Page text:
Never foreseeing just how serious the world-wide pandemic would become, we set off on what was intended to be a three-week road trip in early March of this year.
My journal started with a light-hearted entry, “Australians have coped with extended drought, water restrictions, unprecedented bush fires, flooding rains, and the threat of cyclones, but the thing that has brought them undone is the fear of running out of toilet paper during the Corona Virus crisis.
So my husband and I have risen above the pandemonium and headed off on our latest road trip. We’ve abdicated our responsibility to join the rush to stock-up, and passed that on to the owners of the motels at which we will stay en-route.”
Since it was late morning when we left our home in Wollongong, we were ready for lunch by the time we reached Goulburn about two hours down the Hume Highway (M31 toll-free). After the arrival of the First Fleet in 1788, this regional town was one of the first inland settlements and for a long time before the gold rush was the extent of European settlement in colonial times. It is still an important pastoral area, as boasted by the “Big Merino” which greets visitors as they enter town. We headed on to Albury (New South Wales) for our first night. This is twinned with Wodonga (Victoria), as they each straddle opposite banks of the Murray River, which forms the border.
Our next destination was Ballarat, in regional Victoria. This stunning city in the Central Highlands has a population of approx 100,000, and is remarkable for its two main central boulevards: Lydiard and Sturt Streets. In 1837 Balla Arat was a sheep run. Within months of the discovery of gold in 1851, there were 20,000 migrants. A decade later, there were 60,000, mostly itinerant and living in canvas tents close to their mine lease, but in the town itself, many of those more settled were establishing businesses and wooden houses. It is amazing testament to them, and the wealth created by the gold, that within twenty short years, substantial grand stone buildings were erected, and these beautiful buildings along Lydiard Street still take centre stage of the ambience of this city.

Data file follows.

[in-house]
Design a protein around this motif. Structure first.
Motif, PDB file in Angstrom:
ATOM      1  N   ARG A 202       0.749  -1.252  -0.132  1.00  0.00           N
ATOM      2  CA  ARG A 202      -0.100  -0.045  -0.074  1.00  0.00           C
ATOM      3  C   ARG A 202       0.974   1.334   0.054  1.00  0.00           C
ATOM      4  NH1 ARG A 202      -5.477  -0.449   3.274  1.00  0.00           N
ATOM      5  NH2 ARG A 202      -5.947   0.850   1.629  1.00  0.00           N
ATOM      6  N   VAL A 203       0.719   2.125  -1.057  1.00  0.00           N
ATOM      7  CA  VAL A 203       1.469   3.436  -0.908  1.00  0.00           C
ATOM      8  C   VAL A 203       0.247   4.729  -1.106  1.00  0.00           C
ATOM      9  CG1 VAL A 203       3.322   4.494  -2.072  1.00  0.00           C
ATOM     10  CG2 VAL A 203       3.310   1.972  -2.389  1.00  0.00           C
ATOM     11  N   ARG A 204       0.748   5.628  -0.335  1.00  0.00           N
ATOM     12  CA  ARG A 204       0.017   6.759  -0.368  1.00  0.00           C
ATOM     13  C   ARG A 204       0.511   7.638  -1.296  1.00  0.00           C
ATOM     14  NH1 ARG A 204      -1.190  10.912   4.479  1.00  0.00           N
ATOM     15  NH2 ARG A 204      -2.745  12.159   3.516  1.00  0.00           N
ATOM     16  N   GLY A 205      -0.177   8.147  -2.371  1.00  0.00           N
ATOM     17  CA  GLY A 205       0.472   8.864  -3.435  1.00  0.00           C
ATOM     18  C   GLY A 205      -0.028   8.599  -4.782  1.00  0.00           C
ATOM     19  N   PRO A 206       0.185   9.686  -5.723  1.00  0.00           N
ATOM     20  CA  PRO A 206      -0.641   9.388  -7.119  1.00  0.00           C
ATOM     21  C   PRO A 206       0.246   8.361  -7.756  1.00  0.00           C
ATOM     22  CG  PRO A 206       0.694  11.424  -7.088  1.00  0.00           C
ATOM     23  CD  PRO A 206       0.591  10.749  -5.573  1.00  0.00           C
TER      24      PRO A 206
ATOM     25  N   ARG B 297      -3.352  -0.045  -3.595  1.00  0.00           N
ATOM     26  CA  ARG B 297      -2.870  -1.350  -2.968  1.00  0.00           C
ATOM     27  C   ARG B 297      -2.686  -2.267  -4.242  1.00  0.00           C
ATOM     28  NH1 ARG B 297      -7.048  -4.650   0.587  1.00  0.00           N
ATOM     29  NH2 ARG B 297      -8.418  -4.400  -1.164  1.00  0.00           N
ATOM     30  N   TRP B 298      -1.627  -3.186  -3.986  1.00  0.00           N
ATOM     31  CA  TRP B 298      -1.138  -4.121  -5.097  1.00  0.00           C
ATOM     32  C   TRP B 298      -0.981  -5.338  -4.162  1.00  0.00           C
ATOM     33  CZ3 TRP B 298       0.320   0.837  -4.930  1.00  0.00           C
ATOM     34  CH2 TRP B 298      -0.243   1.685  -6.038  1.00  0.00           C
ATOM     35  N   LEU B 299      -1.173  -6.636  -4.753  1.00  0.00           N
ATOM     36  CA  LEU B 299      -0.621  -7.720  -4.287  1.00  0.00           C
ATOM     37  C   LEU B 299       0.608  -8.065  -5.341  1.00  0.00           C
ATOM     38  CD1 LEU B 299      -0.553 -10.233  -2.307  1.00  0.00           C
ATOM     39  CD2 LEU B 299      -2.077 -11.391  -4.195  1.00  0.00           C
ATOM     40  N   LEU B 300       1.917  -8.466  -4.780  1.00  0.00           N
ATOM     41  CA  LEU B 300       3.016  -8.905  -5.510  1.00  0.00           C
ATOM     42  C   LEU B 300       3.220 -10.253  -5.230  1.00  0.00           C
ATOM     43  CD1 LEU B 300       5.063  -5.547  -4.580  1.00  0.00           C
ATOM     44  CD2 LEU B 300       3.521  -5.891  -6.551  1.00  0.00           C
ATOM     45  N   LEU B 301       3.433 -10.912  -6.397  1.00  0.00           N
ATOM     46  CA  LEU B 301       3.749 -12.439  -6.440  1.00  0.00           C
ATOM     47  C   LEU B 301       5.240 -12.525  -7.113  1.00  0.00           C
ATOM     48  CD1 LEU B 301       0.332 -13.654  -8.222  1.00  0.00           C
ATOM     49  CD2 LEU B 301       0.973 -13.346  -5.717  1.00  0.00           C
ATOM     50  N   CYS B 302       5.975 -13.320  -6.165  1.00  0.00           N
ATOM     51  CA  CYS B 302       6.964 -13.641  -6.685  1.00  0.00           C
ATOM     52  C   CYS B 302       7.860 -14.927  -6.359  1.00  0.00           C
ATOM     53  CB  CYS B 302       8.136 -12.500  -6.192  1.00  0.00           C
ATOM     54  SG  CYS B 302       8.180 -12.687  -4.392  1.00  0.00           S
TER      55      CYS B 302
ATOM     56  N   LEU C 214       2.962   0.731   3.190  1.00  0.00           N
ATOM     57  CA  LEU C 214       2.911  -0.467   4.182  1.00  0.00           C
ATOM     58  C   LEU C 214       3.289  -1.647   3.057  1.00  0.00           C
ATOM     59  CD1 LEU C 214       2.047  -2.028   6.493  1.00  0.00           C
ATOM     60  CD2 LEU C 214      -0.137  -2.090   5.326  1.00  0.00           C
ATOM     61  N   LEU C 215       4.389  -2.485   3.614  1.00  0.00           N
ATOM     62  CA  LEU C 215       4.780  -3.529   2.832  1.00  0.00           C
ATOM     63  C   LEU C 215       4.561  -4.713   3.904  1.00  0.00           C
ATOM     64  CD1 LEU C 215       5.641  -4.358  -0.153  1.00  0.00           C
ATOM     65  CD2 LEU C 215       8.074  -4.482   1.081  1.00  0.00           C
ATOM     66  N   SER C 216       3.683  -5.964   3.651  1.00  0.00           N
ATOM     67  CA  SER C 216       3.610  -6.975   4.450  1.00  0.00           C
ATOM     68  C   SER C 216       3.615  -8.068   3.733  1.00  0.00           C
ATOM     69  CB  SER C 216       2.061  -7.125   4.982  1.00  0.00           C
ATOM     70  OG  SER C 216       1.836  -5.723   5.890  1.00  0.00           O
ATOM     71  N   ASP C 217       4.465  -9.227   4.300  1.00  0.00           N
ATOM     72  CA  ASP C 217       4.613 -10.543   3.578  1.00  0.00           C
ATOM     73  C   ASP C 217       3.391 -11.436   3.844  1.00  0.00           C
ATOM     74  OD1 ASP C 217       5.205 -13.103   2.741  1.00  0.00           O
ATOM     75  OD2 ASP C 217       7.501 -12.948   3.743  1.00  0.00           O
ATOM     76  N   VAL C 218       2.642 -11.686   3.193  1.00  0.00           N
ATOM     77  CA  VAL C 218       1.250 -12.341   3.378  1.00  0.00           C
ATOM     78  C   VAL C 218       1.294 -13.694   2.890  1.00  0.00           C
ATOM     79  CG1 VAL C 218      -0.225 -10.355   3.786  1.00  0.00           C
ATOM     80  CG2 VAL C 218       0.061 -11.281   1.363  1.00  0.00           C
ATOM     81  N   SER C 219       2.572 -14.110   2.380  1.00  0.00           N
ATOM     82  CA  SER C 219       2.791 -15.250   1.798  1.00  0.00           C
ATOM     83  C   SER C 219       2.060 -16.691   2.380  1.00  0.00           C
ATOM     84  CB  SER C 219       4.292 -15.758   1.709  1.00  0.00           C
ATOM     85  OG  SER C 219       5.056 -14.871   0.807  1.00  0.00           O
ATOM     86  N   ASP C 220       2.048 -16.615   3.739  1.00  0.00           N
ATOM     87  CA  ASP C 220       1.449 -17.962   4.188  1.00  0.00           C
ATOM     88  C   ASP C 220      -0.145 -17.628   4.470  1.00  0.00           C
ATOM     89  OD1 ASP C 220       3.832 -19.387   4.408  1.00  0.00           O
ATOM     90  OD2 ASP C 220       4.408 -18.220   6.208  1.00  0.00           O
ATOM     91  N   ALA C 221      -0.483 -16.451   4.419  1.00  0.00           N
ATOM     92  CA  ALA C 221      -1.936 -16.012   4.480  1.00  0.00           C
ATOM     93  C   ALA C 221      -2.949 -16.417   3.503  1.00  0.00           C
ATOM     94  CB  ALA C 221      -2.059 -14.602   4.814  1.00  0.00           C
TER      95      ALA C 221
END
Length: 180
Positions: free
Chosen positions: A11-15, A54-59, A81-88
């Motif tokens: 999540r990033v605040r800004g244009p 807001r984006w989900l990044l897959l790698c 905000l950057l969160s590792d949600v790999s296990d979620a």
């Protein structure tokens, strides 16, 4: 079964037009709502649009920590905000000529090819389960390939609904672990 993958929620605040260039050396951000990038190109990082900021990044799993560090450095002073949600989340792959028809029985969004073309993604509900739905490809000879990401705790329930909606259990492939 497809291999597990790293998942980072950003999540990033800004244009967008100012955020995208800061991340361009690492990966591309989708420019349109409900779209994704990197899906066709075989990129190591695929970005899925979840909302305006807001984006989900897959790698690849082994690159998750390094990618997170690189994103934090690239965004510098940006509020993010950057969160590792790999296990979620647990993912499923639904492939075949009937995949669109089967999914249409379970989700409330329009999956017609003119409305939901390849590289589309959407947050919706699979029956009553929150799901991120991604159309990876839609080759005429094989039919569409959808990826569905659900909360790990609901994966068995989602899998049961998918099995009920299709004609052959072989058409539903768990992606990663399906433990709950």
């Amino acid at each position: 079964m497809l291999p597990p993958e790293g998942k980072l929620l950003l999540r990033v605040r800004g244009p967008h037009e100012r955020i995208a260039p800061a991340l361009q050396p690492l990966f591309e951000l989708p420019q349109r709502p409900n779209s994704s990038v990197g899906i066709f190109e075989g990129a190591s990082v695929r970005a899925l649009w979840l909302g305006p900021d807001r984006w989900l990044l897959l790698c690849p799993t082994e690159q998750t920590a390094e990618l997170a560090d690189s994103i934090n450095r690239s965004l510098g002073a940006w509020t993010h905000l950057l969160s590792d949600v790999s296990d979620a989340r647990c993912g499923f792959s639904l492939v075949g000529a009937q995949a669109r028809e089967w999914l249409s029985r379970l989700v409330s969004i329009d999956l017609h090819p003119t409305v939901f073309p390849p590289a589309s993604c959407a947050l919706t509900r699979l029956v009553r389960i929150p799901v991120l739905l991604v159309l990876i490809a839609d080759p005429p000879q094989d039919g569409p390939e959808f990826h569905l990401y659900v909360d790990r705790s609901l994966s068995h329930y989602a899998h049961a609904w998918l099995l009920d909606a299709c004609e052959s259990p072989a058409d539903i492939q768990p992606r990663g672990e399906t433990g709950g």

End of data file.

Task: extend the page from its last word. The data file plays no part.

We had two reasons for coming to Ballarat. To see the Begonia Festival display, which we’d last seen on our honeymoon thirty-four years earlier, and to meet John, a fellow blogger.
All tourism is enhanced when a local takes you under their wing to show you their city. John called for us around 5pm, armed with an itinerary he’d prepared, and for the next couple of hours we went all over, taking in the beautiful architecture, including a quick whizz around the historic Craig Hotel, then onto the many statues and monuments lining the centre of Sturt Street, the railway station, and the old gaol (now university buildings). Further afield, we went to Lake Wendouree (site of the rowing/sculling for the 1956 Olympics) with the Botanic Gardens beside it (location for the Begonia festival). Nearby are memorials to those who have fought in conflicts dating back to the Boer War; the Avenue of Honour arch, the Prisoner of War wall of names, and a touching new statue of the grieving mother whose son did not return.
Our last call before dinner was to the Old Cemetery. Last time I was here was for family history purposes. This time, John pointed out the headstones listing those who fell in the Eureka rebellion, both those on the government side, and those who were “rebels”. In 1854, the goldminers, many of whom had political backgrounds, rose up against the absolute authority of the United Kingdom, and their high taxes. The miners swore allegiance to the flag of the Southern Cross and barricaded themselves behind a hastily-built stockade. Although the battle was brief and lethal, ultimately it was a victory for the miners in court and was one of the key steps to Victoria instituting male suffrage in 1857 and female suffrage in 1908.
Then John showed us something only a local would know. Sometime in the 1950s, many of the gravestones that once marked the graves of Chinese were re-used as edging and paving stones on the cemetery paths. You can just make out some of the inscriptions, worn down by foot traffic and the elements. Quite a shock when you realise what they are.
Thirty-four years ago my husband and I were on a road trip for our honeymoon (a 5000klm / 3100mi road trip is bad idea for a honeymoon, by the way) and that is when we discovered Ballarat for the first time. The tourist office suggested we go see the Begonia display. We weren’t gardeners, and all I knew was that it was a small red flower you grew in a plant pot, but we went along with the recommendation.
What a display! So many varieties, some the size of a dessert plate, and a wide range of colours. That visit has stuck with us all these years, and finally we returned. We didn’t realise that the Begonia Festival dates back to 1953. It has taken many forms over the years. Now it is a three-day carnival event attracting around 60,000 people, held in the grounds of the extensive Botanic Gardens.
For the festival there were dozens of market stalls set up for handicrafts, children’s activities, community organisations, and food and coffee stalls, strung out along the length of the gardens in between the trees and garden beds.